Therefore, I don’t see where “church culture” is an issue. I’m not even sure I know what Hirsch means by “church culture”.

    • thank you for your questions, jb. i see your point and, i assure you, i know where you’re coming from.

      obviously, though, our opinions differ in a couple of significant areas.

      1. church culture

      i grew up in “church culture.” church culture is prevalent today and i believe it hinders us (the church) in our mission (as hirsch suggests in his video). we have a language in church culture (words like sanctification, communion, repentance, fellowship, worship) that people outside the church do not understand. oh, they know the definitons, but we are comfortable with their usage because we are immersed in church culture.

      church culture becomes an issue when we try to bring someone into the chuch. i completely agree with your point that we are to “go out into the world within their own varied cultural contexts and witness to nonbelievers.” but in order to do that, wouldn’t we need to speak their language? if an american missionary goes into the “cultural context” of china, wouldn’t it behoove him to speak chinese? instead, we bring people out of their cultural context into our cultural context (church culture) and expect them to speak our language and undersand our traditions. my experience is that unchurched people feel out of place (and even that we are judgmental and condescending) when we expect them to come into our culture and fit in.

      2. the church

      when you refer to “any particular church” you lose me. in my interpretation of scripture there is one church. “church” is not a building, or a service on sunday morning, “church” is the body of christ, the redeemed saints (ephesians 2:19-22).

      let me say that i completely agree that “the proclamation of the Gospel the responsibility of church members” (some people seem to believe that responsibility lies in the pulpit), but i do not agree that our job is to “invite them to church…where they will be regenerated by the Holy Spirit.” that happens sometimes. perhaps it even happens often and praise god for that. but biblically, it seems to me that the sunday meeting is not to be used for evangelism, but for the equipping and maturing of the saints (ephesians 4:11-13).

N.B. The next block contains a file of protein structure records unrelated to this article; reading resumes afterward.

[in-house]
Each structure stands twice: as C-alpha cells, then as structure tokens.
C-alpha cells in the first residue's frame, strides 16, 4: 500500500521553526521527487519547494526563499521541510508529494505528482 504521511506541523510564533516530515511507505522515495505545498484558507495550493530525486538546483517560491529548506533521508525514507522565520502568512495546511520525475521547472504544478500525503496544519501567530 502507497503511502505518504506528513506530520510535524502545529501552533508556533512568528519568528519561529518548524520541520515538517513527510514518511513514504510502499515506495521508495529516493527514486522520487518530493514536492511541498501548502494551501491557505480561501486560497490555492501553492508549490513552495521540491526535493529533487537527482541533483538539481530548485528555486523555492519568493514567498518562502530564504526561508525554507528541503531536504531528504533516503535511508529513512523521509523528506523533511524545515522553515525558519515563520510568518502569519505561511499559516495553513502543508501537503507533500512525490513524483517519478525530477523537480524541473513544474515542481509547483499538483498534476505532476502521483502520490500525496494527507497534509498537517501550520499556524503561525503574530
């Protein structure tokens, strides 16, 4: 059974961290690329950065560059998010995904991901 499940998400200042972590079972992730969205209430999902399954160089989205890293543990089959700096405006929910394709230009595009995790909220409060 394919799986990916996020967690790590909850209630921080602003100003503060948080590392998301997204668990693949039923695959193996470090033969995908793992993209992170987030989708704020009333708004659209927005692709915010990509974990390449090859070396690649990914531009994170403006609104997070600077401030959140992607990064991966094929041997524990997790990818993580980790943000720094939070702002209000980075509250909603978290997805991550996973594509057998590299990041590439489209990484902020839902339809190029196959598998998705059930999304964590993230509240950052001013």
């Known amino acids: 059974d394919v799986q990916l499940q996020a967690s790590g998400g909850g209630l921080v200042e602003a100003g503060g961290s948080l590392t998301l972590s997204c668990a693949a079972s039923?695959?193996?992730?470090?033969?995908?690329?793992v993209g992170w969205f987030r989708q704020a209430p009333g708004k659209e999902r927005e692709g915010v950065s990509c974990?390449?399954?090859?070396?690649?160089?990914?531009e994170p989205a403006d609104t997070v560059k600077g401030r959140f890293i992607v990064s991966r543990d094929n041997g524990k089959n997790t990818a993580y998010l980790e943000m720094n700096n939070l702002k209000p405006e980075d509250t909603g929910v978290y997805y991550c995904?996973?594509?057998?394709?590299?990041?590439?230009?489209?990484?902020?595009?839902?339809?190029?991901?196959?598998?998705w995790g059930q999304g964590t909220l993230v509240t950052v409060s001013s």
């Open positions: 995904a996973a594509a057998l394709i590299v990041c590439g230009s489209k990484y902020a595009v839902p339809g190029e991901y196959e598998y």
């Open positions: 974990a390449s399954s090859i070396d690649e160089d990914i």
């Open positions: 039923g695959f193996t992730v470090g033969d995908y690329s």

jb, all i’m trying to say is that most americans used to attend church and today only a small percentage do. we can rant about the apostasy of our nation, but more and more people are dying every day without jesus. i contend that the it’s the job of the church to figure out how to connect with people who think the church is boring, irrelevant, and out-of-touch.

      thank you for your sincere comment. i offer my response in humility and in the interest of unity, and i trust it will be received in the same spirit.

  3. Pastor Morgan,

    Thanks for your thoughtful reply.

    I totally agree with you that the “‘church’ is the body of christ, the redeemed saints”. Perhaps instead of “any particular church” I should have said “any particular congregation”.

    As for the other points, I must ruminate on them for a while — if I can coax my atrophied mental hamsters back onto their wheels…